A week after Ukrainian police arrested criminals associated with the notorious Cl0p ransomware gang, Cl0p has published a new batch of what is said to be confidential data stolen in a hack of a previously unknown victim. Ars will not identify a potentially vulnerable company until it verifies that the data and hack are authentic.
If true, the dump shows that Cl0p is intact and able to carry out his reckless activities despite the arrests. That suggests the suspects don’t include key leaders but rather affiliates or others who play a lesser role in the operations.
The data is said to be employee records, including proof of employment for loan applications and documents related to employees whose wages have been paid. I cannot confirm that the information is genuine and that it was, in fact, taken during a hack on the company, although web searches show that the names listed in the documents match the names of the people it works for the company.
Company representatives did not respond to a phone call seeking comment. Cl0p members do not respond to emails sent to addresses listed on the club’s website on the dark web.
For nearly a decade, ransomware has grown from a valued indifference into a permanent threat that can shut down hospitals and disrupt gasoline and meat supplies. Under pressure from the Biden administration, the U.S. Department of Justice is taking federal ransomware cases seriously. Biden also raised concerns with Russian President Vladimir Putin about the spread of ransomware attacks from Russian-speaking groups, such as Cl0p.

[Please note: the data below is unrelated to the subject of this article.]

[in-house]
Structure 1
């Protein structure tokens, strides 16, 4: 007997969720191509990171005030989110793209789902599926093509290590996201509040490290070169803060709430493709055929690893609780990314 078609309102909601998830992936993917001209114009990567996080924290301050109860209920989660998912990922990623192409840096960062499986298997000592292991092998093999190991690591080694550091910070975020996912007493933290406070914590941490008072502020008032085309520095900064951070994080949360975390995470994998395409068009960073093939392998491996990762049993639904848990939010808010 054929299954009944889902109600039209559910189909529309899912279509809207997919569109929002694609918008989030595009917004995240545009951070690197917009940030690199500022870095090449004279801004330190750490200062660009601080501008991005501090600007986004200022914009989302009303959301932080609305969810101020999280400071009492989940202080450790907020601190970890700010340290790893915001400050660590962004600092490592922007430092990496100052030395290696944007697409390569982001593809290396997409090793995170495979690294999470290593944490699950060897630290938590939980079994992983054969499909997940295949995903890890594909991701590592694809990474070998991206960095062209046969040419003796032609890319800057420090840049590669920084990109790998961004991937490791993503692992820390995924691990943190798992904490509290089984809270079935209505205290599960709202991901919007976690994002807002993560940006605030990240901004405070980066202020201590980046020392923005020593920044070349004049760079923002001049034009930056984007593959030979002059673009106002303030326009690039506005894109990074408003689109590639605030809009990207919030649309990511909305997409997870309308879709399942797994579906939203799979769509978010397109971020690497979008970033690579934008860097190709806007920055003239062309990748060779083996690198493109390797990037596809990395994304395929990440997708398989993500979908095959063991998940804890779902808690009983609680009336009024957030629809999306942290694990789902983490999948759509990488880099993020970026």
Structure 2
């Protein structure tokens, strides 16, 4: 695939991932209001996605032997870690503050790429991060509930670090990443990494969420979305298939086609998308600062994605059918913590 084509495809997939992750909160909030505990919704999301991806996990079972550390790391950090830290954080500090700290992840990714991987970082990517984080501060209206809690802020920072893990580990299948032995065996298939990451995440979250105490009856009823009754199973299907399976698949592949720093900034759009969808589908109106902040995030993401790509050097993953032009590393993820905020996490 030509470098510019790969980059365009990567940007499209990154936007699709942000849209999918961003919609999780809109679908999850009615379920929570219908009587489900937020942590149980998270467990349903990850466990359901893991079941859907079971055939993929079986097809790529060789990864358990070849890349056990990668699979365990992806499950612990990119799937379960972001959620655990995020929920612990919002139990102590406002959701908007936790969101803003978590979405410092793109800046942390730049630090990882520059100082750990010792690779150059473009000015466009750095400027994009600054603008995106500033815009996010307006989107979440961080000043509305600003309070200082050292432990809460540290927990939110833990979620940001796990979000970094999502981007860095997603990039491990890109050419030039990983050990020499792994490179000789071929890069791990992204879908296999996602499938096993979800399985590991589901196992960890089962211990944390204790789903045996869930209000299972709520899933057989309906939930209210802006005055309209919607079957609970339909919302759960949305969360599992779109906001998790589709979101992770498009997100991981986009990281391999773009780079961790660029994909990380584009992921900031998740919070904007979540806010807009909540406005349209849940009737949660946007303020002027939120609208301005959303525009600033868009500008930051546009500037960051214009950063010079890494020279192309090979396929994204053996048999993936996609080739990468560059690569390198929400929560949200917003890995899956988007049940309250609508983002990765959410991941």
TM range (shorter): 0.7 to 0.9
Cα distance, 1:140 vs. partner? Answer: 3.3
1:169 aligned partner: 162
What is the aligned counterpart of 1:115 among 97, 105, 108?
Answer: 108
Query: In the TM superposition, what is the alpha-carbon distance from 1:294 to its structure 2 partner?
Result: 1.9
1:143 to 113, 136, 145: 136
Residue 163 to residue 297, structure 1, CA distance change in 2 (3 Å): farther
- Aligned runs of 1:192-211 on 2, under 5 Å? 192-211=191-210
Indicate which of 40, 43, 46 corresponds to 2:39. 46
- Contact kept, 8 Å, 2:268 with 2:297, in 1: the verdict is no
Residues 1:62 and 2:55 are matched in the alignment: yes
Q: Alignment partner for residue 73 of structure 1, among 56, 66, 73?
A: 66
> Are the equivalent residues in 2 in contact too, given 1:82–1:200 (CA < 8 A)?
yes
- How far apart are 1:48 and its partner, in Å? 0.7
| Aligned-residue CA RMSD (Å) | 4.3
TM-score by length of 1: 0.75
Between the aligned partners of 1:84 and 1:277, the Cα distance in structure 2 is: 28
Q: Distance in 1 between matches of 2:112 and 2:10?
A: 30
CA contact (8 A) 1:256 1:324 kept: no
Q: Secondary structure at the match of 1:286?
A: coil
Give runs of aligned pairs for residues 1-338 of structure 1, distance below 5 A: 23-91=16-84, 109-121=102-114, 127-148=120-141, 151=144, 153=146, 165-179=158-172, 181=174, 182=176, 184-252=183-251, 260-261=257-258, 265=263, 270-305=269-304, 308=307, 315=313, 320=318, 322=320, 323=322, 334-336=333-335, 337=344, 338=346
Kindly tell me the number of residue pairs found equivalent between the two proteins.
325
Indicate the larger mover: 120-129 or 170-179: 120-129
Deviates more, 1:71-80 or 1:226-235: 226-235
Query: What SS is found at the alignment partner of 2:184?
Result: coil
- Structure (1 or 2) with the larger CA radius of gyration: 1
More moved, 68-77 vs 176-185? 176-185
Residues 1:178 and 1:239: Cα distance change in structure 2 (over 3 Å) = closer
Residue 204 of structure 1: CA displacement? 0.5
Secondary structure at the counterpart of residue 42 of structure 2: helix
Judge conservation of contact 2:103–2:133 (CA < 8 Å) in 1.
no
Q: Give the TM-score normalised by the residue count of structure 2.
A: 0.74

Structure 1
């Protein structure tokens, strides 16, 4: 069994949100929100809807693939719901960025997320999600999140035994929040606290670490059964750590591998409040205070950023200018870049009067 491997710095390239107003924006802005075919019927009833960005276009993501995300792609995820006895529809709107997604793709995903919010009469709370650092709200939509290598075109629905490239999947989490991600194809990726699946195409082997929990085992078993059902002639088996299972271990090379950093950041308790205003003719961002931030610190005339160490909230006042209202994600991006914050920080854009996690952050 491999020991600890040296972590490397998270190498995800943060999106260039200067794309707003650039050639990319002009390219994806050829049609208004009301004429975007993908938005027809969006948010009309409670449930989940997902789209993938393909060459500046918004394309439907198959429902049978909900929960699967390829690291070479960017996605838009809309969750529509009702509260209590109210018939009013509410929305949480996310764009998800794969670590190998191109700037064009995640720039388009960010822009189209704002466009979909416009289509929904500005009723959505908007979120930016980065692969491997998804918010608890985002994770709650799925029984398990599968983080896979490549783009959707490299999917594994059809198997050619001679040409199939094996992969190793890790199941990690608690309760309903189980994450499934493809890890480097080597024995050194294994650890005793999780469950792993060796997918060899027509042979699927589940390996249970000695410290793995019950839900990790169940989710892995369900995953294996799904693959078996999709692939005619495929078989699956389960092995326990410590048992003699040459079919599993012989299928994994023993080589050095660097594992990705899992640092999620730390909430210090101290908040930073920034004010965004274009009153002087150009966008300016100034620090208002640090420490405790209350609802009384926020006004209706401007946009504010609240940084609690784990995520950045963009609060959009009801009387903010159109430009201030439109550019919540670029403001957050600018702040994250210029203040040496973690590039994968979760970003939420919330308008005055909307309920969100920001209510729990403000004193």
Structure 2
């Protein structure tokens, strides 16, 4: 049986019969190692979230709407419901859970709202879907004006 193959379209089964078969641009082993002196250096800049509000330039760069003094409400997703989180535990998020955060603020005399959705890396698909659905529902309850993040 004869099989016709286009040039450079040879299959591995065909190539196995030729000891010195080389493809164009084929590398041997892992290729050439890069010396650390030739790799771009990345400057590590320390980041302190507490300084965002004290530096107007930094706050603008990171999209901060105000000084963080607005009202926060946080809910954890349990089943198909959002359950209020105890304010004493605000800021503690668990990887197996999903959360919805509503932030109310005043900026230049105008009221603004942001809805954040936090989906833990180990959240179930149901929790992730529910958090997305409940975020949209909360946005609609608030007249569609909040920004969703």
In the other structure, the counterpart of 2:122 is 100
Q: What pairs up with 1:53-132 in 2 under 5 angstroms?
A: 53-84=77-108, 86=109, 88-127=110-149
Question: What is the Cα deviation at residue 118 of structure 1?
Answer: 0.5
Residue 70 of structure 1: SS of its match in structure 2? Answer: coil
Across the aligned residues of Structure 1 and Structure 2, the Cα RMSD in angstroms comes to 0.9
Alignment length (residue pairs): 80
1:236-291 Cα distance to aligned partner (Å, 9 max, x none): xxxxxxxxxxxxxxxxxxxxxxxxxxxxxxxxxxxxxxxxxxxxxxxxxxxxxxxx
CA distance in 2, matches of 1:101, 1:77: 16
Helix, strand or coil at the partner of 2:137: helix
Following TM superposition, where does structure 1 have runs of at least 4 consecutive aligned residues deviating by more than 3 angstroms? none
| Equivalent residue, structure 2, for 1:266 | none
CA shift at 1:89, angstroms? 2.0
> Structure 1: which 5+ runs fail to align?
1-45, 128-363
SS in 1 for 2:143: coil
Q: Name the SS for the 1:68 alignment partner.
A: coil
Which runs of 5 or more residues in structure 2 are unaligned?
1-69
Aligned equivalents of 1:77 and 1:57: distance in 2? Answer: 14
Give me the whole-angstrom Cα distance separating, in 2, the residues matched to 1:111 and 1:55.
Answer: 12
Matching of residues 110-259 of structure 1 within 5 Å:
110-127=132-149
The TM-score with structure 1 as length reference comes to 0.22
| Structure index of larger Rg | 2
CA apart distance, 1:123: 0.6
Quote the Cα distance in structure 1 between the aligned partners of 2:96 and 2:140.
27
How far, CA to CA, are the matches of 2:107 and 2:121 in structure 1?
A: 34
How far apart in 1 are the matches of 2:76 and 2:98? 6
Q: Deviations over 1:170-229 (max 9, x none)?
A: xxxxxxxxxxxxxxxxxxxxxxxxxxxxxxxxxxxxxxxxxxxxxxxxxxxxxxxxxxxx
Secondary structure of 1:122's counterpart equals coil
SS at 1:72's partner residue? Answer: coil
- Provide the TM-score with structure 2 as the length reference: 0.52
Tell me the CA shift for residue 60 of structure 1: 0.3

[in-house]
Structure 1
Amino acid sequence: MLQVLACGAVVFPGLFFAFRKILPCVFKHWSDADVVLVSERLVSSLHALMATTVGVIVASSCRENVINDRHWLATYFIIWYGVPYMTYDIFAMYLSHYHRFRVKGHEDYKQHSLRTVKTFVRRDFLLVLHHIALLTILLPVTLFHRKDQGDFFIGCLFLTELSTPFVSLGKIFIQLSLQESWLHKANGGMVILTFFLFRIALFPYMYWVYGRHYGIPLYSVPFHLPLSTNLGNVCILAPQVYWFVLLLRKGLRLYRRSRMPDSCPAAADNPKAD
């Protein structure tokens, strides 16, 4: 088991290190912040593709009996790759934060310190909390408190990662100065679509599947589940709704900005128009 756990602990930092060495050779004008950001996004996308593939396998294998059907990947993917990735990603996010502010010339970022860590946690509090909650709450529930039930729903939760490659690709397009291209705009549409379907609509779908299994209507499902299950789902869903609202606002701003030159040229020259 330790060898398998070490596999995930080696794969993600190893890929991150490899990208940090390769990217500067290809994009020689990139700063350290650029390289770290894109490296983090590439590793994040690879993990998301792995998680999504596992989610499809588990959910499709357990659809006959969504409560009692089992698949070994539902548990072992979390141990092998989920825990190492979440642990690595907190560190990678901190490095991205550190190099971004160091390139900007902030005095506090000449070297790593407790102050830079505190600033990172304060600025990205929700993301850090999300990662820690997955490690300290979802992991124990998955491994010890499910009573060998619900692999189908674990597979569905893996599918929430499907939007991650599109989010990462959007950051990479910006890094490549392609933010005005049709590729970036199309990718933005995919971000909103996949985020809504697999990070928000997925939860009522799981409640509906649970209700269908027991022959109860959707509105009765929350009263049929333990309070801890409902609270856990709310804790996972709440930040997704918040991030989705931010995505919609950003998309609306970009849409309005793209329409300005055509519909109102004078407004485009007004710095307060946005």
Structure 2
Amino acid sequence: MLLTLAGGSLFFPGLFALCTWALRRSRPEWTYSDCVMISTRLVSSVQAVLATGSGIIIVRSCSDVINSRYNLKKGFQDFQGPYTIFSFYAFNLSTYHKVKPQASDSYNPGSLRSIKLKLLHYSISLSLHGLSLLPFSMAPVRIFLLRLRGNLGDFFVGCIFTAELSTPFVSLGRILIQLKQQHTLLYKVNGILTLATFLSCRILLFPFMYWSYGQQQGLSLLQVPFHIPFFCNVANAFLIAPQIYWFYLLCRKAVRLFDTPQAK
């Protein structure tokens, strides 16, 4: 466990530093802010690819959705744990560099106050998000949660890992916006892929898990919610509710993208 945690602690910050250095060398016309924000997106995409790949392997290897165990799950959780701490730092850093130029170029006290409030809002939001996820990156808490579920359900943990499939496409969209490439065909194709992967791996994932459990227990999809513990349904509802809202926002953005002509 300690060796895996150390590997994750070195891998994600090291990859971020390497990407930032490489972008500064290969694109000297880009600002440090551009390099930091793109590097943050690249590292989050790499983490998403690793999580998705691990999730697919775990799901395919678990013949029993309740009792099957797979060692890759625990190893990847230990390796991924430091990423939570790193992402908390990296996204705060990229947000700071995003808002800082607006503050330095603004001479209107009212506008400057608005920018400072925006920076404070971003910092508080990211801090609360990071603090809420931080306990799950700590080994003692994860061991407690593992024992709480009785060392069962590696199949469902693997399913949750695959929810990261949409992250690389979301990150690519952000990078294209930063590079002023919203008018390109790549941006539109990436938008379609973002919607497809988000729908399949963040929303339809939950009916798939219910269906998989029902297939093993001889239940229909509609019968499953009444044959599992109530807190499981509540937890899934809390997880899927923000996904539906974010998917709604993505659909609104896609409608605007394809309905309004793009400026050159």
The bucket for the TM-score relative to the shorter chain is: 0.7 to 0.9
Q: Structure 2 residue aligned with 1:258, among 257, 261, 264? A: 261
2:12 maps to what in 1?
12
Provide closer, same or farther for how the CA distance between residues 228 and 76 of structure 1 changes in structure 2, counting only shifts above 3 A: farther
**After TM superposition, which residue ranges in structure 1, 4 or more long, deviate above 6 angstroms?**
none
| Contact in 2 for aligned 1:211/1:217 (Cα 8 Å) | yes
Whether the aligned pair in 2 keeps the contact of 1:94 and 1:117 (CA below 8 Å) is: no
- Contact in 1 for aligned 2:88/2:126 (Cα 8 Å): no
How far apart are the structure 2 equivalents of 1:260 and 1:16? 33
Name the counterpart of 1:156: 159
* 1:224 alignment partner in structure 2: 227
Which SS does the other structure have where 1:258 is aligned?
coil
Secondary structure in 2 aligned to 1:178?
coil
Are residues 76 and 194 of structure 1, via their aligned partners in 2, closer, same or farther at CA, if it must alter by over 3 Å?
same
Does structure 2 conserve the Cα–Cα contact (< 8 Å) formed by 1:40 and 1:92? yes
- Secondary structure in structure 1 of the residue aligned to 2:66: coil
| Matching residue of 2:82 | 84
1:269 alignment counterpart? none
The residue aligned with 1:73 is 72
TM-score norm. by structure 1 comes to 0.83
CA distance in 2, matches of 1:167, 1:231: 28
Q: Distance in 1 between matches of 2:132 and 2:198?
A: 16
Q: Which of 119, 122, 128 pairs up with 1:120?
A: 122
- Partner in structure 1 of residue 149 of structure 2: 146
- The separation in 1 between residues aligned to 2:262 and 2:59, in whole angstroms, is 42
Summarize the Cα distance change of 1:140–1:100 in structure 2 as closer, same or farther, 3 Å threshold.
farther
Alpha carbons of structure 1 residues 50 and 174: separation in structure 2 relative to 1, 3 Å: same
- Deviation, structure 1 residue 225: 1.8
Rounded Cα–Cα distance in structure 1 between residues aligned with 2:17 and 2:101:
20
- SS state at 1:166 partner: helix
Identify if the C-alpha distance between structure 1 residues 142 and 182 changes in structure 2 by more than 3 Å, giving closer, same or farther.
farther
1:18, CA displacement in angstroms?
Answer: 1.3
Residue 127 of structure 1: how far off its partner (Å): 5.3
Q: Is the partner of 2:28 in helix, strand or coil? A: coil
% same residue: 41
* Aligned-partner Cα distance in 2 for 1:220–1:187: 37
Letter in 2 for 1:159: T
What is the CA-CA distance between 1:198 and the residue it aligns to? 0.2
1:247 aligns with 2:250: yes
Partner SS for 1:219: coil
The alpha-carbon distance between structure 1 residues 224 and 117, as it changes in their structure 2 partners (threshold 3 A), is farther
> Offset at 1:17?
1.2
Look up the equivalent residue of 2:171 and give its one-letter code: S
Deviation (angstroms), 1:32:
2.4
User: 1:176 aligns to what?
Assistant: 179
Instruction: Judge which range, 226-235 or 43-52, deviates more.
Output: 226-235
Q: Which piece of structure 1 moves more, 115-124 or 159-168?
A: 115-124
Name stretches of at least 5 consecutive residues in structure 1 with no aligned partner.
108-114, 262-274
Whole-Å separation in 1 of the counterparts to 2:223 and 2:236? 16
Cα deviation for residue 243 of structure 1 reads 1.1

Last week’s arrest by Ukrainian police of six people linked to Cl0p was seen as coercive in some circles because it marked the first time the country’s law enforcement agency had made a mass arrest with a ransomware group. But as Wired reporter Lily Hay Newman observeThe struggle is unlikely to make the ransomware epidemic so that Russia itself follows suit.
The latest leak confirms the limits of the current ransomware response. Much of the flimsiness stems from the innovation of the ransomware economy, which depends on two important but independent factors. The first is the party that maintains the ransomware itself and often some of the Internet infrastructure it runs on.
The second category is a group of hackers who rent ransomware and share any revenue with the ransomware handlers. Often, one party has little or no knowledge of the other, so the shutdown of one does not affect the other.
The fight continues
Compounding the problem of law enforcement’s eyes, many groups live in Russia or other Eastern European countries that do not have extradition agreements with the US.
Cl0p was first spotted in early 2019. Recent targets have included oil company Shell, international law firm Jones Day, US bank Flagstar, and several US universities including Stanford and the University of California. Often, the associated hacker exploits vulnerabilities in the Accellion File Transfer Tool. Cl0p has also been noted to run widespread malicious email campaigns identify potential company victims. In many cases, campaigns use data stolen from existing victims to trick potential customers, partners, or vendors into thinking that malicious email is bad.
Cl0p’s ability to post leaked documents following last week’s arrest suggests that the suspects are not core members and instead either affiliates or, as Intel 471 told defense reporter Brian Krebs, “limited to the cash-out and cash approval group of CLOP business only.” And that means the fight against this group and the Internet epidemic of which it is a part will continue for the foreseeable future.